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    Group Seeks to Extend Appalachian Trail to Gulf of Mexico

    View of the Chattahoochee River at Atlanta, Georgia

    A proposed extension of the Appalachian Trail aims to serve as a history lesson, a boon to business and a more ambitious endeavor for anyone who seeks to hike the trail in its entirety. The nonprofit organization Trust for Public Land has been working for years to acquire land along the Chattahoochee River in the southeastern United States, where the Appalachian Trail (AT) ends at its southernmost point. The organization intends to make this land available to the National Park Service and other partners for an extension of the AT that would lead all the way to the Gulf of Mexico.

    Currently, the approximately 2,184-mile AT begins in the middle of Maine and ends in northern Georgia. It crosses the Chattahoochee River’s uppermost headwaters. Curt Soper, the Georgia-Alabama state director of the Trust for Public Land, told ABC News that the non-profit envisions Appalachian hikers being able to continue on a trail down along the river to the Gulf of Mexico at the shores of Florida.

    Hikers would be able to walk on trails along the banks of the river, which becomes the Apalachicola River once it crosses the Georgia-Florida state line, or they could canoe or kayak down the river to the gulf. The Chattahoochee River flows south from northeastern Georgia then becomes the state border between Alabama and Georgia at Columbus, Georgia.

    Appalachian Trail highlighted in red on the left. Highlight of the Chattahoochee River in dark blue on the right.

    Seventeen thousand acres of land that touch 76 miles of river have already been acquired and set aside by the trust. Soper said the new route may be officially integrated within the next decade at the earliest. Hikers and business owners along the proposed trail are supportive of the idea.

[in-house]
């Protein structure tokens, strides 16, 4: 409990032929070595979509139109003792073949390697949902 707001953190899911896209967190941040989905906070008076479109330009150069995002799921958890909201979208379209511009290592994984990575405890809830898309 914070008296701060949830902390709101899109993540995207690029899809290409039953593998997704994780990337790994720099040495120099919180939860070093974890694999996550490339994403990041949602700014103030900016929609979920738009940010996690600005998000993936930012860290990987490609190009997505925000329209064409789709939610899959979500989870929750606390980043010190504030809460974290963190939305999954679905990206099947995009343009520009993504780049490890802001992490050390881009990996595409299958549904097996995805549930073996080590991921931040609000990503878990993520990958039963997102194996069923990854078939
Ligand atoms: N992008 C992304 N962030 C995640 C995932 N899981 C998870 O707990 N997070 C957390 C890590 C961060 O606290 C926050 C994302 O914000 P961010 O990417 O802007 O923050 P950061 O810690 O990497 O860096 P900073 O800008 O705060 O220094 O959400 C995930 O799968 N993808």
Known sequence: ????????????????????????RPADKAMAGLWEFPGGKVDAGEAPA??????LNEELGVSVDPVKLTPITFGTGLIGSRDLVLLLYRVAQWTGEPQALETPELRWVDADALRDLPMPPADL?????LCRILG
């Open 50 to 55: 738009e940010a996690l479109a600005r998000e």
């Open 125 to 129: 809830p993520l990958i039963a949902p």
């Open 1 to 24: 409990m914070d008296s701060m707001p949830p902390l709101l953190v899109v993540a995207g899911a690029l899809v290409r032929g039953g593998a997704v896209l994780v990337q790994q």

Jerry Brown, executive director of the Alpine Helen/White County Convention and Visitor’s Bureau, said there are businesses in north Georgia, specifically the mountain town of Helen, which offer shuttle services between the town and the AT for hikers. The post office in Helen also gets lots of business from hikers who stop in to get packages or mail back supplies or items they no longer need.

    In Florida, many agree that it will help business to bring in more hikers through the area. “It would be a natural extension and a beneficial one for us,” said Anita Grove, executive director of the Apalachicola Bay Chamber of Commerce in Apalachicola, Florida.

    The Gold Branch Trail along the Chattahoochee River

    Hiker Homer Witcher, 70, from Daleville, Virginia has hiked the entire trail and he plans to do it again soon. He likes the idea of a longer trail. “Any time you can have more trails, it’s good, I think,” Witcher said.

    The Chattahoochee River is well-known river in the area for its rich history and role in the U.S. Civil War. During the war, Confederate gunboats would patrol the river and forts were built along the water to stop Union forces from reaching Atlanta. Before Native American tribes were removed from the area by European and American settlers, the river served as a dividing  line between the territories of the Cherokee and Muscogee (Creek) tribes. Long before then, in prehistoric times, the river was inhabited by indigenous peoples since at least 1000 B.C., according to The New Georgia Encyclopedia.

    In a related project, the trust is working on the Chattahoochee Valley Blueway, which is aimed at creating a “canoe trail” or a marked waterway with designated canoe/kayak launch sites along 52 miles of the river from West Point to Columbus in northwest Georgia.

    River image from niksnut on the flickr Creative Commons, Trail image from TranceMist on the flickr Creative Commons, Appalachian Trail map from Pauk under GNU Free Documentation License, Chattahoochee River image from Pfly on the wikipedia Creative Commons

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